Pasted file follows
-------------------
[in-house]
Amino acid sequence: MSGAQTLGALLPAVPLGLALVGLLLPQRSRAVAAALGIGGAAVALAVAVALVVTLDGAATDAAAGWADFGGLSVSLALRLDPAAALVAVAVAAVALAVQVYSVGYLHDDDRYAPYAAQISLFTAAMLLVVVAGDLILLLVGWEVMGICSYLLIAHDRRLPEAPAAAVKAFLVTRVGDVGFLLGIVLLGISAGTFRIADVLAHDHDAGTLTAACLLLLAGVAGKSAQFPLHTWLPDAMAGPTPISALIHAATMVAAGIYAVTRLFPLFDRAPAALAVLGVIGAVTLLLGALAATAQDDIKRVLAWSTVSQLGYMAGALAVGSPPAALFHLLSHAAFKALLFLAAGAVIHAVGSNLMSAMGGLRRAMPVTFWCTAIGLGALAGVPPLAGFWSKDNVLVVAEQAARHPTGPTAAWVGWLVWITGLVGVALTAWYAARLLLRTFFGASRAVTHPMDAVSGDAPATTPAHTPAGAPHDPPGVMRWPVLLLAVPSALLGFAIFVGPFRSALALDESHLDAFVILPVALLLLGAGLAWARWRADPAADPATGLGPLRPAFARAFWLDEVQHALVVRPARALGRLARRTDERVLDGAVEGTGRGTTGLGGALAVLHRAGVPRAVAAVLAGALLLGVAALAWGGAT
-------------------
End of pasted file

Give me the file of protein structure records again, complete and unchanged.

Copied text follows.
[in-house]
Amino acid sequence: MSGAQTLGALLPAVPLGLALVGLLLPQRSRAVAAALGIGGAAVALAVAVALVVTLDGAATDAAAGWADFGGLSVSLALRLDPAAALVAVAVAAVALAVQVYSVGYLHDDDRYAPYAAQISLFTAAMLLVVVAGDLILLLVGWEVMGICSYLLIAHDRRLPEAPAAAVKAFLVTRVGDVGFLLGIVLLGISAGTFRIADVLAHDHDAGTLTAACLLLLAGVAGKSAQFPLHTWLPDAMAGPTPISALIHAATMVAAGIYAVTRLFPLFDRAPAALAVLGVIGAVTLLLGALAATAQDDIKRVLAWSTVSQLGYMAGALAVGSPPAALFHLLSHAAFKALLFLAAGAVIHAVGSNLMSAMGGLRRAMPVTFWCTAIGLGALAGVPPLAGFWSKDNVLVVAEQAARHPTGPTAAWVGWLVWITGLVGVALTAWYAARLLLRTFFGASRAVTHPMDAVSGDAPATTPAHTPAGAPHDPPGVMRWPVLLLAVPSALLGFAIFVGPFRSALALDESHLDAFVILPVALLLLGAGLAWARWRADPAADPATGLGPLRPAFARAFWLDEVQHALVVRPARALGRLARRTDERVLDGAVEGTGRGTTGLGGALAVLHRAGVPRAVAAVLAGALLLGVAALAWGGAT